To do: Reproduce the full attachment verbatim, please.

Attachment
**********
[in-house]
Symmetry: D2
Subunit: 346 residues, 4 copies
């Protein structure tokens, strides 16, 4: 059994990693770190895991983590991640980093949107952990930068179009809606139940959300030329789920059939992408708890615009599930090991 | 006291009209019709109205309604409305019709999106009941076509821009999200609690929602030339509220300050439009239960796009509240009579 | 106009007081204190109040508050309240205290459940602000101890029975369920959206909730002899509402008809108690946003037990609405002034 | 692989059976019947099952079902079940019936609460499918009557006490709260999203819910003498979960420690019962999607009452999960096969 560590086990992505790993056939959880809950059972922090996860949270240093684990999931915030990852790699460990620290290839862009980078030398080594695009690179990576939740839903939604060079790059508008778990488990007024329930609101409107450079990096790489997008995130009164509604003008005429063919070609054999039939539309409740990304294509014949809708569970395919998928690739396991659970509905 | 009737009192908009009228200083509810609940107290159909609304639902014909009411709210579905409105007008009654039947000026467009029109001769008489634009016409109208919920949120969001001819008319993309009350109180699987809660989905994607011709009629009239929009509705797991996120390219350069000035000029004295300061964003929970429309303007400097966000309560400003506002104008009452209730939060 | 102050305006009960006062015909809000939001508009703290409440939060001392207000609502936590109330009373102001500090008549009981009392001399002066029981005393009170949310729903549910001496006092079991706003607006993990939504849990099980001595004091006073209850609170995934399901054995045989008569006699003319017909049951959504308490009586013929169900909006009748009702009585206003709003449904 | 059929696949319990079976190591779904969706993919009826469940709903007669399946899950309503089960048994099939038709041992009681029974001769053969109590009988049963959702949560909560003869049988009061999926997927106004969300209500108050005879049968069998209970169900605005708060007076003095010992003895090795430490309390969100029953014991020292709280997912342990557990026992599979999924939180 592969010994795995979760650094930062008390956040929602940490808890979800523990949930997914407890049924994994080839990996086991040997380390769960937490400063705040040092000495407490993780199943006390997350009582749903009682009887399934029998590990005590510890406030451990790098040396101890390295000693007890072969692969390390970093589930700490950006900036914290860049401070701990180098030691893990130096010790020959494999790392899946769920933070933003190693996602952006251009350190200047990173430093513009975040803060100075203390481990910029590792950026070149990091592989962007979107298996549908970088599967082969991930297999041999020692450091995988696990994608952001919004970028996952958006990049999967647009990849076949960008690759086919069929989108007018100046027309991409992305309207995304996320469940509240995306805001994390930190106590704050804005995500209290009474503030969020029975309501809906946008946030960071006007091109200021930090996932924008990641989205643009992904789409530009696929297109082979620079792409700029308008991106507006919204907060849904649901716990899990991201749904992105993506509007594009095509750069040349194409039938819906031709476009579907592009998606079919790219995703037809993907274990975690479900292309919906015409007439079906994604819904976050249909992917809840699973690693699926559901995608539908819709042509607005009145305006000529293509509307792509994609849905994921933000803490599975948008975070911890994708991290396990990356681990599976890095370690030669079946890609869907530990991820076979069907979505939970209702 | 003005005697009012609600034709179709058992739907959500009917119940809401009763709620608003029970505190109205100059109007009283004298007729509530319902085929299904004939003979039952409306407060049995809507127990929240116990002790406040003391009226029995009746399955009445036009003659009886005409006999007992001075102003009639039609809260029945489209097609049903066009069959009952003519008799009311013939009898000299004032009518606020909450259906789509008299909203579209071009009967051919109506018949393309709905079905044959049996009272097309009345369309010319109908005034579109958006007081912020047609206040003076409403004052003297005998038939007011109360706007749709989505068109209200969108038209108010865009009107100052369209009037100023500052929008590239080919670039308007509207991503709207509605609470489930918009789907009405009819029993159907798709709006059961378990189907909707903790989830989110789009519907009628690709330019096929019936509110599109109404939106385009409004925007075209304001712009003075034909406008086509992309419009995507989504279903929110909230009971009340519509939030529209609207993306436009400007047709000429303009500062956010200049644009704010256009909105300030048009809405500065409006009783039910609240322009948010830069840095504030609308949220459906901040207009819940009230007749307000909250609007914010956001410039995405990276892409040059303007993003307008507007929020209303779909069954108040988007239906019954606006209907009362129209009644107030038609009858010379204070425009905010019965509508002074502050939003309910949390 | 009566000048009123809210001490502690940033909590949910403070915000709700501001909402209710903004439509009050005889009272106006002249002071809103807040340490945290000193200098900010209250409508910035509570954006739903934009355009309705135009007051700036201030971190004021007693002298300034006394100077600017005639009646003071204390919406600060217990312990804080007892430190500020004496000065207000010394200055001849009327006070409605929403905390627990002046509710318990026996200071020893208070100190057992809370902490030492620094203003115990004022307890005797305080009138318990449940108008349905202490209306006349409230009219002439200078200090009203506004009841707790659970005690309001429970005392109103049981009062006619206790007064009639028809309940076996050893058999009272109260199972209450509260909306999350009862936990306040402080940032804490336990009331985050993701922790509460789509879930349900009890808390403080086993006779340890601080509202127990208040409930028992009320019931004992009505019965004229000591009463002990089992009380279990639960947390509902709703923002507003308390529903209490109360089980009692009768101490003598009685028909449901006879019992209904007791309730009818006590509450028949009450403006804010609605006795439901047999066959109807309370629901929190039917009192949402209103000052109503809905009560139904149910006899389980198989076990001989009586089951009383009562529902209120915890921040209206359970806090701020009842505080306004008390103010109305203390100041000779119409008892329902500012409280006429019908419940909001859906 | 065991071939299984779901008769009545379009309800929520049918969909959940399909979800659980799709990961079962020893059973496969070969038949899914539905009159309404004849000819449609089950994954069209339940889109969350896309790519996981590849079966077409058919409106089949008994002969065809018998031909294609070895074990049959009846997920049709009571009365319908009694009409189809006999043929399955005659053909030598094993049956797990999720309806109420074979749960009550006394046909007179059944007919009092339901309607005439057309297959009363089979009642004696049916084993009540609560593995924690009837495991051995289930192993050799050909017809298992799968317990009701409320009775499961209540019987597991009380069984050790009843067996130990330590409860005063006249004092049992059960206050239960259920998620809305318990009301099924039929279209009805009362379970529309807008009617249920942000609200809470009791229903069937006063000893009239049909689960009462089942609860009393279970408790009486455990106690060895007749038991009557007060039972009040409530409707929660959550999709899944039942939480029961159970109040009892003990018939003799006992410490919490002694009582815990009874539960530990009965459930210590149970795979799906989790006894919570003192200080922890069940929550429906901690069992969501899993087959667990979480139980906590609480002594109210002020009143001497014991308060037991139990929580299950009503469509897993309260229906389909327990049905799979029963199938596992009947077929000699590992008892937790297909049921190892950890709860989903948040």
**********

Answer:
[in-house]
Symmetry: D2
Subunit: 346 residues, 4 copies
């Protein structure tokens, strides 16, 4: 059994990693770190895991983590991640980093949107952990930068179009809606139940959300030329789920059939992408708890615009599930090991 | 006291009209019709109205309604409305019709999106009941076509821009999200609690929602030339509220300050439009239960796009509240009579 | 106009007081204190109040508050309240205290459940602000101890029975369920959206909730002899509402008809108690946003037990609405002034 | 692989059976019947099952079902079940019936609460499918009557006490709260999203819910003498979960420690019962999607009452999960096969 560590086990992505790993056939959880809950059972922090996860949270240093684990999931915030990852790699460990620290290839862009980078030398080594695009690179990576939740839903939604060079790059508008778990488990007024329930609101409107450079990096790489997008995130009164509604003008005429063919070609054999039939539309409740990304294509014949809708569970395919998928690739396991659970509905 | 009737009192908009009228200083509810609940107290159909609304639902014909009411709210579905409105007008009654039947000026467009029109001769008489634009016409109208919920949120969001001819008319993309009350109180699987809660989905994607011709009629009239929009509705797991996120390219350069000035000029004295300061964003929970429309303007400097966000309560400003506002104008009452209730939060 | 102050305006009960006062015909809000939001508009703290409440939060001392207000609502936590109330009373102001500090008549009981009392001399002066029981005393009170949310729903549910001496006092079991706003607006993990939504849990099980001595004091006073209850609170995934399901054995045989008569006699003319017909049951959504308490009586013929169900909006009748009702009585206003709003449904 | 059929696949319990079976190591779904969706993919009826469940709903007669399946899950309503089960048994099939038709041992009681029974001769053969109590009988049963959702949560909560003869049988009061999926997927106004969300209500108050005879049968069998209970169900605005708060007076003095010992003895090795430490309390969100029953014991020292709280997912342990557990026992599979999924939180 592969010994795995979760650094930062008390956040929602940490808890979800523990949930997914407890049924994994080839990996086991040997380390769960937490400063705040040092000495407490993780199943006390997350009582749903009682009887399934029998590990005590510890406030451990790098040396101890390295000693007890072969692969390390970093589930700490950006900036914290860049401070701990180098030691893990130096010790020959494999790392899946769920933070933003190693996602952006251009350190200047990173430093513009975040803060100075203390481990910029590792950026070149990091592989962007979107298996549908970088599967082969991930297999041999020692450091995988696990994608952001919004970028996952958006990049999967647009990849076949960008690759086919069929989108007018100046027309991409992305309207995304996320469940509240995306805001994390930190106590704050804005995500209290009474503030969020029975309501809906946008946030960071006007091109200021930090996932924008990641989205643009992904789409530009696929297109082979620079792409700029308008991106507006919204907060849904649901716990899990991201749904992105993506509007594009095509750069040349194409039938819906031709476009579907592009998606079919790219995703037809993907274990975690479900292309919906015409007439079906994604819904976050249909992917809840699973690693699926559901995608539908819709042509607005009145305006000529293509509307792509994609849905994921933000803490599975948008975070911890994708991290396990990356681990599976890095370690030669079946890609869907530990991820076979069907979505939970209702 | 003005005697009012609600034709179709058992739907959500009917119940809401009763709620608003029970505190109205100059109007009283004298007729509530319902085929299904004939003979039952409306407060049995809507127990929240116990002790406040003391009226029995009746399955009445036009003659009886005409006999007992001075102003009639039609809260029945489209097609049903066009069959009952003519008799009311013939009898000299004032009518606020909450259906789509008299909203579209071009009967051919109506018949393309709905079905044959049996009272097309009345369309010319109908005034579109958006007081912020047609206040003076409403004052003297005998038939007011109360706007749709989505068109209200969108038209108010865009009107100052369209009037100023500052929008590239080919670039308007509207991503709207509605609470489930918009789907009405009819029993159907798709709006059961378990189907909707903790989830989110789009519907009628690709330019096929019936509110599109109404939106385009409004925007075209304001712009003075034909406008086509992309419009995507989504279903929110909230009971009340519509939030529209609207993306436009400007047709000429303009500062956010200049644009704010256009909105300030048009809405500065409006009783039910609240322009948010830069840095504030609308949220459906901040207009819940009230007749307000909250609007914010956001410039995405990276892409040059303007993003307008507007929020209303779909069954108040988007239906019954606006209907009362129209009644107030038609009858010379204070425009905010019965509508002074502050939003309910949390 | 009566000048009123809210001490502690940033909590949910403070915000709700501001909402209710903004439509009050005889009272106006002249002071809103807040340490945290000193200098900010209250409508910035509570954006739903934009355009309705135009007051700036201030971190004021007693002298300034006394100077600017005639009646003071204390919406600060217990312990804080007892430190500020004496000065207000010394200055001849009327006070409605929403905390627990002046509710318990026996200071020893208070100190057992809370902490030492620094203003115990004022307890005797305080009138318990449940108008349905202490209306006349409230009219002439200078200090009203506004009841707790659970005690309001429970005392109103049981009062006619206790007064009639028809309940076996050893058999009272109260199972209450509260909306999350009862936990306040402080940032804490336990009331985050993701922790509460789509879930349900009890808390403080086993006779340890601080509202127990208040409930028992009320019931004992009505019965004229000591009463002990089992009380279990639960947390509902709703923002507003308390529903209490109360089980009692009768101490003598009685028909449901006879019992209904007791309730009818006590509450028949009450403006804010609605006795439901047999066959109807309370629901929190039917009192949402209103000052109503809905009560139904149910006899389980198989076990001989009586089951009383009562529902209120915890921040209206359970806090701020009842505080306004008390103010109305203390100041000779119409008892329902500012409280006429019908419940909001859906 | 065991071939299984779901008769009545379009309800929520049918969909959940399909979800659980799709990961079962020893059973496969070969038949899914539905009159309404004849000819449609089950994954069209339940889109969350896309790519996981590849079966077409058919409106089949008994002969065809018998031909294609070895074990049959009846997920049709009571009365319908009694009409189809006999043929399955005659053909030598094993049956797990999720309806109420074979749960009550006394046909007179059944007919009092339901309607005439057309297959009363089979009642004696049916084993009540609560593995924690009837495991051995289930192993050799050909017809298992799968317990009701409320009775499961209540019987597991009380069984050790009843067996130990330590409860005063006249004092049992059960206050239960259920998620809305318990009301099924039929279209009805009362379970529309807008009617249920942000609200809470009791229903069937006063000893009239049909689960009462089942609860009393279970408790009486455990106690060895007749038991009557007060039972009040409530409707929660959550999709899944039942939480029961159970109040009892003990018939003799006992410490919490002694009582815990009874539960530990009965459930210590149970795979799906989790006894919570003192200080922890069940929550429906901690069992969501899993087959667990979480139980906590609480002594109210002020009143001497014991308060037991139990929580299950009503469509897993309260229906389909327990049905799979029963199938596992009947077929000699590992008892937790297909049921190892950890709860989903948040």